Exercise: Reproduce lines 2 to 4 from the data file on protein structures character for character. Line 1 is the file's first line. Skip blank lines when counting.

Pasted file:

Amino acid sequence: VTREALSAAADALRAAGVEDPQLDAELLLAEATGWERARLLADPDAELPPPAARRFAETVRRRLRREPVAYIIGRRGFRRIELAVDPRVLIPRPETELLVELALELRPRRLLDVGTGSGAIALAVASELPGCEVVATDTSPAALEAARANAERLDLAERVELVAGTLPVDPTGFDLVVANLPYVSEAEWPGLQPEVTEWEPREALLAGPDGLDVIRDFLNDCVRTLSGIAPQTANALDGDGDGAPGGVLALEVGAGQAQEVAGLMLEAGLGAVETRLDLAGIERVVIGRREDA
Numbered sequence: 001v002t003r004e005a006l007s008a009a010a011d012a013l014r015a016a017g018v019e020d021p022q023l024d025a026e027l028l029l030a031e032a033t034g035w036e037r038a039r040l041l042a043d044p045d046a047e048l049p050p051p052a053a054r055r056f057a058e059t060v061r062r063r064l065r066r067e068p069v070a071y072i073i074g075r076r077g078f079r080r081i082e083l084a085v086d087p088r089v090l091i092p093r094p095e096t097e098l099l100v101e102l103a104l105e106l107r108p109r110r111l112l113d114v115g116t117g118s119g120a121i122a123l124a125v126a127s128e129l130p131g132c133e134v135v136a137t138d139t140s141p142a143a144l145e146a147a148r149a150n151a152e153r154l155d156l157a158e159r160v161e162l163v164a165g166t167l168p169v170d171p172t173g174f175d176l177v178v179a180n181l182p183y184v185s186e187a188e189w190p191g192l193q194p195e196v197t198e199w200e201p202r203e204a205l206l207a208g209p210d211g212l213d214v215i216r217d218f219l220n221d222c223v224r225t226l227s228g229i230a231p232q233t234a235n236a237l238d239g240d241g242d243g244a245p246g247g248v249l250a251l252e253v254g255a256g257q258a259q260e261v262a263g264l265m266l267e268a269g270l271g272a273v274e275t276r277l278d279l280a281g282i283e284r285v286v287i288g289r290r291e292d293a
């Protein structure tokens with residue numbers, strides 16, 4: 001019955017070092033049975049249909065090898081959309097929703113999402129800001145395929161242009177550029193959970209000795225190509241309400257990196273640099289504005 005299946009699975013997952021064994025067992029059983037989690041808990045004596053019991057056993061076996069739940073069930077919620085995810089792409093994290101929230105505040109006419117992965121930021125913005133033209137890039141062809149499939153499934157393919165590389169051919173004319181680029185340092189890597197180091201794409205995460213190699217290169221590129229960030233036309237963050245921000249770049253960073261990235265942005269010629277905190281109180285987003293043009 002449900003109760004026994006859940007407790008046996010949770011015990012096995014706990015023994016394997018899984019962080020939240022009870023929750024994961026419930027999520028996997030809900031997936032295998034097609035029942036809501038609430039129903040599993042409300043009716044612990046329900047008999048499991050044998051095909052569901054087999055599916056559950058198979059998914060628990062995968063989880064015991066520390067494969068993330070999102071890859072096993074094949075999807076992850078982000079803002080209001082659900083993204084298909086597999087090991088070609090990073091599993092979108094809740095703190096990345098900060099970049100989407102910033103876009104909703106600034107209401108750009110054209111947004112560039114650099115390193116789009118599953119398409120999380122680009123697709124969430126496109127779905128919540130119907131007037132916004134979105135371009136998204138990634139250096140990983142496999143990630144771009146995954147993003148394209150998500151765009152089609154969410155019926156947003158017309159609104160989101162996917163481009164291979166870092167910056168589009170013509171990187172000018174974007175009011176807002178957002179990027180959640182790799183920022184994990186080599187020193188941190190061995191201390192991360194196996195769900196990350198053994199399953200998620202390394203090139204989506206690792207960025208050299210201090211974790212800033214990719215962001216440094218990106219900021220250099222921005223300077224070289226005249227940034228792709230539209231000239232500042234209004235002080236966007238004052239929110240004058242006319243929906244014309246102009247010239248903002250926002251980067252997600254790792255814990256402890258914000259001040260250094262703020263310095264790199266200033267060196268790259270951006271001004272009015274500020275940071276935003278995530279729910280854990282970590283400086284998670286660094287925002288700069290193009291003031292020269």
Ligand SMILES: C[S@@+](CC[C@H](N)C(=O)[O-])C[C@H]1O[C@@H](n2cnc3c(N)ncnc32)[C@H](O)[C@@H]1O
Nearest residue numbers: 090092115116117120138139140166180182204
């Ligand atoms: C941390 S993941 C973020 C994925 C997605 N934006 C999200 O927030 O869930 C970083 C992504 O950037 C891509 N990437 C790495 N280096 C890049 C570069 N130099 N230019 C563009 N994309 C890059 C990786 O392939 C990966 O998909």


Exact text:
Numbered sequence: 001v002t003r004e005a006l007s008a009a010a011d012a013l014r015a016a017g018v019e020d021p022q023l024d025a026e027l028l029l030a031e032a033t034g035w036e037r038a039r040l041l042a043d044p045d046a047e048l049p050p051p052a053a054r055r056f057a058e059t060v061r062r063r064l065r066r067e068p069v070a071y072i073i074g075r076r077g078f079r080r081i082e083l084a085v086d087p088r089v090l091i092p093r094p095e096t097e098l099l100v101e102l103a104l105e106l107r108p109r110r111l112l113d114v115g116t117g118s119g120a121i122a123l124a125v126a127s128e129l130p131g132c133e134v135v136a137t138d139t140s141p142a143a144l145e146a147a148r149a150n151a152e153r154l155d156l157a158e159r160v161e162l163v164a165g166t167l168p169v170d171p172t173g174f175d176l177v178v179a180n181l182p183y184v185s186e187a188e189w190p191g192l193q194p195e196v197t198e199w200e201p202r203e204a205l206l207a208g209p210d211g212l213d214v215i216r217d218f219l220n221d222c223v224r225t226l227s228g229i230a231p232q233t234a235n236a237l238d239g240d241g242d243g244a245p246g247g248v249l250a251l252e253v254g255a256g257q258a259q260e261v262a263g264l265m266l267e268a269g270l271g272a273v274e275t276r277l278d279l280a281g282i283e284r285v286v287i288g289r290r291e292d293a
């Protein structure tokens with residue numbers, strides 16, 4: 001019955017070092033049975049249909065090898081959309097929703113999402129800001145395929161242009177550029193959970209000795225190509241309400257990196273640099289504005 005299946009699975013997952021064994025067992029059983037989690041808990045004596053019991057056993061076996069739940073069930077919620085995810089792409093994290101929230105505040109006419117992965121930021125913005133033209137890039141062809149499939153499934157393919165590389169051919173004319181680029185340092189890597197180091201794409205995460213190699217290169221590129229960030233036309237963050245921000249770049253960073261990235265942005269010629277905190281109180285987003293043009 002449900003109760004026994006859940007407790008046996010949770011015990012096995014706990015023994016394997018899984019962080020939240022009870023929750024994961026419930027999520028996997030809900031997936032295998034097609035029942036809501038609430039129903040599993042409300043009716044612990046329900047008999048499991050044998051095909052569901054087999055599916056559950058198979059998914060628990062995968063989880064015991066520390067494969068993330070999102071890859072096993074094949075999807076992850078982000079803002080209001082659900083993204084298909086597999087090991088070609090990073091599993092979108094809740095703190096990345098900060099970049100989407102910033103876009104909703106600034107209401108750009110054209111947004112560039114650099115390193116789009118599953119398409120999380122680009123697709124969430126496109127779905128919540130119907131007037132916004134979105135371009136998204138990634139250096140990983142496999143990630144771009146995954147993003148394209150998500151765009152089609154969410155019926156947003158017309159609104160989101162996917163481009164291979166870092167910056168589009170013509171990187172000018174974007175009011176807002178957002179990027180959640182790799183920022184994990186080599187020193188941190190061995191201390192991360194196996195769900196990350198053994199399953200998620202390394203090139204989506206690792207960025208050299210201090211974790212800033214990719215962001216440094218990106219900021220250099222921005223300077224070289226005249227940034228792709230539209231000239232500042234209004235002080236966007238004052239929110240004058242006319243929906244014309246102009247010239248903002250926002251980067252997600254790792255814990256402890258914000259001040260250094262703020263310095264790199266200033267060196268790259270951006271001004272009015274500020275940071276935003278995530279729910280854990282970590283400086284998670286660094287925002288700069290193009291003031292020269």
Ligand SMILES: C[S@@+](CC[C@H](N)C(=O)[O-])C[C@H]1O[C@@H](n2cnc3c(N)ncnc32)[C@H](O)[C@@H]1O